Halo: Reach Has A Strangely Successful Launch As Other Developers Look On In Amazement

Halo: Reach Has A Strangely Successful Launch As Other Developers Look On In Amazement
Credit: HALO via YouTube

With the state of games in the modern era, titles that launch into rabidly-hyped crowds without everything crashing down deserve just as much of a nod as those that amusingly crash and burn.  Some have reported audio issues due to audio drivers apparently being radically different than they were a decade ago, but by and large, everyone can log in.

Everyone can play the game.  It’s almost astonishing that the number one selling game on Steam somehow has the ability to handle the load of everyone logging in at once.

Ubisoft must be beside themselves right now in both awe and stupor, considering that their last couple of game launches were not only impossible to log into but actually brought the entirety of the uPlay store down as well.  Anyone that hadn’t already logged into a game for their initial launch was unable to play it during most of their recent hyped-up launches; uPlay crashed for The Division launch, The Division 2, and Ghost Recon Breakpoint.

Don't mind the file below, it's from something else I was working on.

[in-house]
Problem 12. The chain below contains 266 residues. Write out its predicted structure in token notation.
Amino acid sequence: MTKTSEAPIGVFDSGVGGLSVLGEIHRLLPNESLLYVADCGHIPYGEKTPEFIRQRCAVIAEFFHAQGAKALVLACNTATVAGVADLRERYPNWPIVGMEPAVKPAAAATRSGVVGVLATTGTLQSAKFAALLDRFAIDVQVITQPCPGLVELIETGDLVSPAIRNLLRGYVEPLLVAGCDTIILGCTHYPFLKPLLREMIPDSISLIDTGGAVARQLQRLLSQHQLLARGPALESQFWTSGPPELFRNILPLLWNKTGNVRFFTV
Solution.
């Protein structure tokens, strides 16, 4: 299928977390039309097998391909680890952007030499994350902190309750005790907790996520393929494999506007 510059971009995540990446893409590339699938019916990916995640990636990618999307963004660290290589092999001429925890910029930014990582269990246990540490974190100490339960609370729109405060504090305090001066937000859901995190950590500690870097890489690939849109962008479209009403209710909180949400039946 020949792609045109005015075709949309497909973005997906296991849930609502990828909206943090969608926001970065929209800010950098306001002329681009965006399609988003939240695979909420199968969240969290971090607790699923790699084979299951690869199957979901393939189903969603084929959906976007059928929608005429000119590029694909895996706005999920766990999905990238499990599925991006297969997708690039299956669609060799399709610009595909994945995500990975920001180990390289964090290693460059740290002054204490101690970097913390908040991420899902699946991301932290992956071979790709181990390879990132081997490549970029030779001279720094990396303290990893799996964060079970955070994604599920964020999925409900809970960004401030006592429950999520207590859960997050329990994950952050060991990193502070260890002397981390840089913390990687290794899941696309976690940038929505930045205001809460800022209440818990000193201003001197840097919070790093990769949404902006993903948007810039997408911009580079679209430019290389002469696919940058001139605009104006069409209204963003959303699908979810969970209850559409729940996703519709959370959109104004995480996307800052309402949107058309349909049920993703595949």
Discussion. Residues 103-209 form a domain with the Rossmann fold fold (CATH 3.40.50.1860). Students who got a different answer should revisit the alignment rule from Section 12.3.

There were no problems with people unable to access their titles due to encoding translation errors either, as we saw during Rockstars Red Dead Redemption 2 launch that left some people out in the cold well after the initial release date and time were met.  Granted, we could argue that Halo: Reach not having preloading whatsoever mitigated this possibility entirely, but their active decision to not include preloading was theirs to make.

Rockstar is still attempting to make amends with the community with their recent offering of free goodies to players.

Even Google is impressed, as 343 stated that the game could go well above 60 FPS, and 4K resolutions.  It does both, unlike Google Stadia’s relatively borked launch of the self-titled ‘console-killer’ that desperately struggles to maintain 30 frames-per-second in some titles, along with struggling to maintain 2K resolution.

Developers must be absolutely baffled right now as they watch Halo: Reach be as playable as it was stated to be.  How could 343 Industries have achieved such a technological marvel?

This isn’t to say that the initial game in the Halo: The Masterchief Collection is flawless; we’ve been long-winded in being somewhat disappointed in the general lack of various options that PC users have come to expect, and the current state of audio is very hit-or-miss.  With the audio being the primary complaint, framerate stuttering has also been reported.

It may seem facetious to look back at the various poor launches of million-dollar games with a chuckle as we compare the modern launch of an old game; that’s because it absolutely is.